SOLD FOR: $1299.99
Make: Inland Division of General Motors. The subcontracted receiver was built by Saginaw Gear (page 19 of Craig Riesch’s book, U.S. M1 Carbines Wartime Production 7th Edition).
Model: M1 Carbine
Serial Number: 3192202
Year of Manufacture: April to June, 1944 (page 28 of Scott Duff’s book The M1 Carbine Owner’s Guide). Barrel Date: December, 1943
Caliber: .30 Carbine
Action Type: Semi Auto, Detachable Magazine. There is NO magazine.
Markings: There is no import mark. The top of the receiver is marked “U.S. CARBINE / CAL. 30 M1” on the front and “INLAND DIV. / 3192202” on the rear. The left side of the receiver is marked “SG” under the wood. This is a subcontracted receiver built by Saginaw Gear (page 19 of Craig Riesch’s book, U.S. M1 Carbines Wartime Production 7th Edition). The top of the barrel is marked “INLAND MFD. DIV. / GENERAL MOTORS / 3 – 44” and “P” (under the barrel band). The right rear of the trigger group is marked “Rock-Ola” which is a Rock Ola mark (page 78 ). The hammer is marked “W” which is a White Sewing Machine Company subcontractor mark (page 89). The magazine release is marked “WA / M” which is a post WWII rebuild mark (pages 100-101 & 185). The rotary safety is marked “S in a circle” which is a post WWII rebuild mark (page 95 & 185). The inside of the operating slide is marked “S” which is a Standard Products mark (page 65). The bolt is marked “AI” on the left lug which is an Inland mark (page 36). The front sight is marked “N” which is consistent with Inland and others (page 56). The Type III rear sight is marked “I.R.CO.” which is a post WWII rebuild mark (page 29). The Type III barrel band is marked “JMQ” on the band and “EMQ” on the lug which are Quality Hardware subcontractor marks (page 59). The interior of the handguard is unmarked which is consistent with a post WWII rebuild (page 138 & 185). The top left edge of the forearm is marked “SA” which is a post WWII rebuild mark (page 108-109).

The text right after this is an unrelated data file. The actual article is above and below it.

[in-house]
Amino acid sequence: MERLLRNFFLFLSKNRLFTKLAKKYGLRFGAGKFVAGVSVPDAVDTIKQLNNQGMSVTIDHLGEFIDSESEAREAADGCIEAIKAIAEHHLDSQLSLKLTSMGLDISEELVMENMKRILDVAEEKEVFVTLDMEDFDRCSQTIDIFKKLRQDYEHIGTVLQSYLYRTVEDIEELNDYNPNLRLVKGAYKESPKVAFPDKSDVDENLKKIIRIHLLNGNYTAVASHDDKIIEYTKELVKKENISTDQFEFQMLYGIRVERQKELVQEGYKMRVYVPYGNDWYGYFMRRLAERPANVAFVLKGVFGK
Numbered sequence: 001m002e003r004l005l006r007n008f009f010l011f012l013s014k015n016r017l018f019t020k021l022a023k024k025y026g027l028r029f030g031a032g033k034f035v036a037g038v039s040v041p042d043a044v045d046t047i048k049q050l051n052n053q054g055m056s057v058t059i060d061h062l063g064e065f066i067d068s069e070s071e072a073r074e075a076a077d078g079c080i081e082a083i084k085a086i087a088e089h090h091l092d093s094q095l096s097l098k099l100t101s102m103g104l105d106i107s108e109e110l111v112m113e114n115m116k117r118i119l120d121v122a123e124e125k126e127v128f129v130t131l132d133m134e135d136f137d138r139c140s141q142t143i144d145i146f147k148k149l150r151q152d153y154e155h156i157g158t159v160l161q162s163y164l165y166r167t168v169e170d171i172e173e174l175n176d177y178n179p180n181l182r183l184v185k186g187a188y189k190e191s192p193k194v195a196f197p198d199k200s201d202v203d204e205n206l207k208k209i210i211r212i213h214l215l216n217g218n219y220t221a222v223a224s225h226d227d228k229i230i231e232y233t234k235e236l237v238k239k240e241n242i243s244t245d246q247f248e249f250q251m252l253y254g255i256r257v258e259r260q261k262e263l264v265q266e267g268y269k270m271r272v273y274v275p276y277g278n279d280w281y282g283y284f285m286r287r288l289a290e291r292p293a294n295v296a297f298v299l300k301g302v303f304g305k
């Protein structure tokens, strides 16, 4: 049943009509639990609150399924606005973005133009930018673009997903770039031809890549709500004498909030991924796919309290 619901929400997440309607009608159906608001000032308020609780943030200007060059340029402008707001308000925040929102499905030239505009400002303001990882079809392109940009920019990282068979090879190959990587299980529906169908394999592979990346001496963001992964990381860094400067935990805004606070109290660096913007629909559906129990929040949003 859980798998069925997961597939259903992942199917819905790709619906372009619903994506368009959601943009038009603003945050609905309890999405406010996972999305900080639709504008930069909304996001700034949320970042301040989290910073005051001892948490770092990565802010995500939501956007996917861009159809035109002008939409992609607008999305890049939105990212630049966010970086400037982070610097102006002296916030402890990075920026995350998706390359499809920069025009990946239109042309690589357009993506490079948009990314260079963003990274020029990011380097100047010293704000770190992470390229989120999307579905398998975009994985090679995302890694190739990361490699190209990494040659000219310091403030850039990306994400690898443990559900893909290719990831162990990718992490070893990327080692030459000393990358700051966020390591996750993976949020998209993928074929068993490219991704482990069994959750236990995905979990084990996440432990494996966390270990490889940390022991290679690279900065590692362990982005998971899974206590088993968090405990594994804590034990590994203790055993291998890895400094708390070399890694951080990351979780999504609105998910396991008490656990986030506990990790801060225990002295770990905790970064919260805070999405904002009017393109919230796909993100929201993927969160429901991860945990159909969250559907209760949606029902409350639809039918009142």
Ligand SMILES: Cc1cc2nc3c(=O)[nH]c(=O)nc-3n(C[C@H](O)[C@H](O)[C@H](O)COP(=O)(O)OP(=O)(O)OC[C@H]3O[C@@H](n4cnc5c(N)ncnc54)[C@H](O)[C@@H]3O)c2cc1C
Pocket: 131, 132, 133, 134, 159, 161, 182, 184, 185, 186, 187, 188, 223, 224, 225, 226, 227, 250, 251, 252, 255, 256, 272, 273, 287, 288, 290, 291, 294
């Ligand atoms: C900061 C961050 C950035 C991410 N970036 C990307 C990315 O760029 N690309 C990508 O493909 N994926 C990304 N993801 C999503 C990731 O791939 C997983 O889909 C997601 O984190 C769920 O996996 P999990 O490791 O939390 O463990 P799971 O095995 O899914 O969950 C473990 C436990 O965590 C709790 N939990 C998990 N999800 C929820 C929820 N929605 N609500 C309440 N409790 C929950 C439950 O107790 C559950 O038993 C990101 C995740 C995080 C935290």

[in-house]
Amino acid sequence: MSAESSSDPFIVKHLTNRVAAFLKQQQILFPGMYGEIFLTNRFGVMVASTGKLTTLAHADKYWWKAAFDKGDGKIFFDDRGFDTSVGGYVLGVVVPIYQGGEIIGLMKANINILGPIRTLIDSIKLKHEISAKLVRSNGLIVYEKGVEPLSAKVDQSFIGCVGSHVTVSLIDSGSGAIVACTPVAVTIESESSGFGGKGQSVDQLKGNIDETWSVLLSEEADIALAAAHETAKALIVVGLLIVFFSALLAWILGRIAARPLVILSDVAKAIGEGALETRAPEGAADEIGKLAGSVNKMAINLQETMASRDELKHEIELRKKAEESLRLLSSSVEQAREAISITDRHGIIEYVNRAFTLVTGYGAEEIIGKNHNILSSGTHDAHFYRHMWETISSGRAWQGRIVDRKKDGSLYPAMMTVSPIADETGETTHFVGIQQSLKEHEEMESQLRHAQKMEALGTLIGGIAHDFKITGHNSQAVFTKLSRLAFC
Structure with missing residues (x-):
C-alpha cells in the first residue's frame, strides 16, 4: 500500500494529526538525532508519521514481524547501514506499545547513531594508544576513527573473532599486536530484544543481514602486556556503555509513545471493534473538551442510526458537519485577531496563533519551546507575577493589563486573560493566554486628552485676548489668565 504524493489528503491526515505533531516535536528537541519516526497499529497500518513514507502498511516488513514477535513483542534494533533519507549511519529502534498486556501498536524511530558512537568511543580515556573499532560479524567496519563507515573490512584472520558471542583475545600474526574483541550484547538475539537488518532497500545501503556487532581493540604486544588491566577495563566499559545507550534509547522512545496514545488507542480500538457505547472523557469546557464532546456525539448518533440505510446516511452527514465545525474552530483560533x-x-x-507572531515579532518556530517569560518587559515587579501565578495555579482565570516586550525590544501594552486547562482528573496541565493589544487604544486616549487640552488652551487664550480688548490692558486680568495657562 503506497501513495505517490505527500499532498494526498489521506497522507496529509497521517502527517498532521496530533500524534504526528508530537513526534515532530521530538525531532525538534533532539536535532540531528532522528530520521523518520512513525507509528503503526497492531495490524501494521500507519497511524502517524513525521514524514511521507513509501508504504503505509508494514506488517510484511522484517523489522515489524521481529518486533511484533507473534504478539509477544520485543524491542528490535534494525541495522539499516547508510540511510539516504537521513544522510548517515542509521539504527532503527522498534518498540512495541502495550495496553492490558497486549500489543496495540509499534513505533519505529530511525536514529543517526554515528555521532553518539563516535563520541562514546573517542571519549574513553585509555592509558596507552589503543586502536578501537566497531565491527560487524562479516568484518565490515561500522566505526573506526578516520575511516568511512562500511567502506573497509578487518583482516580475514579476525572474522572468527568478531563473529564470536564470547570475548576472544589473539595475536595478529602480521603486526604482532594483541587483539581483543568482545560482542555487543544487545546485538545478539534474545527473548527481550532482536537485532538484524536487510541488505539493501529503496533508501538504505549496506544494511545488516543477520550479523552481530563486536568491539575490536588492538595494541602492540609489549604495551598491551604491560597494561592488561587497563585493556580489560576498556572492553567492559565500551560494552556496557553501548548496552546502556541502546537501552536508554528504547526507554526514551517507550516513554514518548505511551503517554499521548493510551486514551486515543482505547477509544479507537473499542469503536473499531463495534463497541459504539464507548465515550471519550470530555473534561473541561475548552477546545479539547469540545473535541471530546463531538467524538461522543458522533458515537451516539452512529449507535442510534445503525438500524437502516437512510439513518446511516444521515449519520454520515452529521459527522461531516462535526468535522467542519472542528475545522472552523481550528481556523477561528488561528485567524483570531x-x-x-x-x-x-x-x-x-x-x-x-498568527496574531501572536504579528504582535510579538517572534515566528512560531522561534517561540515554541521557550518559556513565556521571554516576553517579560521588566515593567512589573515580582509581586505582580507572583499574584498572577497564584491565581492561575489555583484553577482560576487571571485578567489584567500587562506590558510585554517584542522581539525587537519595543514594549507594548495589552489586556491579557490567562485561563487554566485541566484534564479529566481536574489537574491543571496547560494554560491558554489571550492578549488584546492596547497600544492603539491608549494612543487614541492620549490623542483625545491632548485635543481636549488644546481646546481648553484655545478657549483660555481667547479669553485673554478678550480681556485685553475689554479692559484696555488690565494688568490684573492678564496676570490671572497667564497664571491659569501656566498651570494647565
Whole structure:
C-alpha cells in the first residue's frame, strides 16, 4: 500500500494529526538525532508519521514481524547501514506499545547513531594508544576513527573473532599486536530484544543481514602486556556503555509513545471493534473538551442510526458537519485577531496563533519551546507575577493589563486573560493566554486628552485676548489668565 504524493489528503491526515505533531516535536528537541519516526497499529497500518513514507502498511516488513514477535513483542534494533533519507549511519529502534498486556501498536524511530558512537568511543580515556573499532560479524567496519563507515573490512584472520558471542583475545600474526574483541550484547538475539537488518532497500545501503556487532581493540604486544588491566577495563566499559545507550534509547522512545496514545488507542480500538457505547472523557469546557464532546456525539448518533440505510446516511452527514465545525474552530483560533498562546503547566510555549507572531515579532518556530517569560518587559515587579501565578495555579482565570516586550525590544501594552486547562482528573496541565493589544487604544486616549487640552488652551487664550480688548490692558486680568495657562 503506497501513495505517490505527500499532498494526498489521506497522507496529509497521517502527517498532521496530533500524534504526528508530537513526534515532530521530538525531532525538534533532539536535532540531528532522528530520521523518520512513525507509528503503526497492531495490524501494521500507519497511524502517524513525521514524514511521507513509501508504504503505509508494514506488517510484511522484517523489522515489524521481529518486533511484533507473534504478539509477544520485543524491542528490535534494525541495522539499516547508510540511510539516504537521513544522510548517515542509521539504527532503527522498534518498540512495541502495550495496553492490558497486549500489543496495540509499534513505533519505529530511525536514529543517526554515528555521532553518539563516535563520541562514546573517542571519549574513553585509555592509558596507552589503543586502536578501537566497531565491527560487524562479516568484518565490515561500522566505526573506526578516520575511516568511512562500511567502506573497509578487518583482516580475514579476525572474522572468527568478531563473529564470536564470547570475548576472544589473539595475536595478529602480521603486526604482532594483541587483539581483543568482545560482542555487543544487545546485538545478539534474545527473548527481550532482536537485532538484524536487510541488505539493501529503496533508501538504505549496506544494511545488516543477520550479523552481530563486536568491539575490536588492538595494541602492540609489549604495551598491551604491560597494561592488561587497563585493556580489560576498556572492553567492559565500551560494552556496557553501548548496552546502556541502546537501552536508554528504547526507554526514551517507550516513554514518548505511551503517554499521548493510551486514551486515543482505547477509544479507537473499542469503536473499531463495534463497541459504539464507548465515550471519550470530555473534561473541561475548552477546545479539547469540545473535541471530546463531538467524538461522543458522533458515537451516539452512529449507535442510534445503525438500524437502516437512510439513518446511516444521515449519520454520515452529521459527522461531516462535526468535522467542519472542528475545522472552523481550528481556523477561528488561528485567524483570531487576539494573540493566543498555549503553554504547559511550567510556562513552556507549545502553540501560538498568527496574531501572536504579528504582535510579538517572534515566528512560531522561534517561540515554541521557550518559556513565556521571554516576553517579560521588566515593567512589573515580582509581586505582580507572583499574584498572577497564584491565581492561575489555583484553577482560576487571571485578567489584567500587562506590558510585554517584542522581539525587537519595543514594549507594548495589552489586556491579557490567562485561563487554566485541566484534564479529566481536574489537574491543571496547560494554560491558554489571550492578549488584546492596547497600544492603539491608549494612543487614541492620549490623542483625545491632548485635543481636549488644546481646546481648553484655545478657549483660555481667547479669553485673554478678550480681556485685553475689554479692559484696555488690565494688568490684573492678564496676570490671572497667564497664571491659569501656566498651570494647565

Barrel Length: Approximately 18 Inches
Sights / Optics: The front sight is a post set between two protective wings. The rear sight is a Type III adjustable aperture assembly.
Stock Configuration & Condition: The stock has a pistol grip, Type III barrel band with sling loop & bayonet lug, sling well, sling pass through, and a metal buttplate. The buttplate shows scrapes. The oiler cut out in the butt has been slightly enlarged. The wood shows numerous scrapes & scratches which have been oiled. The LOP measures 13 ¼ inches from the front of the trigger to the back of the buttplate. The stock rates in about Very Good overall condition.
Type of Finish: Parkerized
Finish Originality: Original to Rebuild
Bore Condition: The bore is semi bright. The grooves near the muzzle are light gray. The rifling is deep. There is fouling and erosion in the grooves. The fouling should clean up some. The bore shows an M.E. of 2.7.
Overall Condition: This rifle retains about 90% of its metal finish. The sides of the receiver show some thinning under the wood. The top of the barrel shows oxidation and thinning under the barrel band. The metal shows light scrapes, small scratches, and light discoloration. The right side of the receiver & bolt show thinning from cycling. Most of the markings are deep. The barrel markings are well defined. Overall, this rifle rates in about Very Good condition.
Mechanics: The action functions correctly. We did not fire this rifle. As with all used firearms, a thorough cleaning may be necessary to meet your maintenance requirements.
Box, Paperwork & Accessories: There is NO magazine.
Our Assessment: The M1 Carbine was developed and produced after WWII started. Over 6 million were made by a number of U.S. companies to assist with the all out war effort. The M1 Carbine was widely issued to U.S. Military Forces which numbered over 16 million during WWII. The M1 Carbine contributed greatly to U.S. efforts during WWII.
The Inland Manufacturing Division of General Motors was organized in 1922 for the manufacturing of steering wheels. During WWII Inland Division was one of many facilities that tooled up to manufacture M1 Carbines for the war effort. Inland produced the majority of WWII M1 Carbines, about 43%, and contributed greatly to the war effort. Inland M1 Carbines were used by millions of soldiers during WWII in numerous battles. If you see WWII footage that includes an M1 Carbine, it is most likely an Inland M1 Carbine.
This Inland M1 Carbine was made back in 1944. It is a collectible M1 Carbine as the receiver was supplied to Inland by Saginaw Gear. The receiver is marked “SG” under the wood and uses a wide locking tang. Saginaw Gear made receivers with wide locking tangs. This M1 Carbine has been rebuilt and now uses a mix of Inland and USGI parts. This Inland M1 Carbine will add to your collection and should be fun out at the range. Good luck.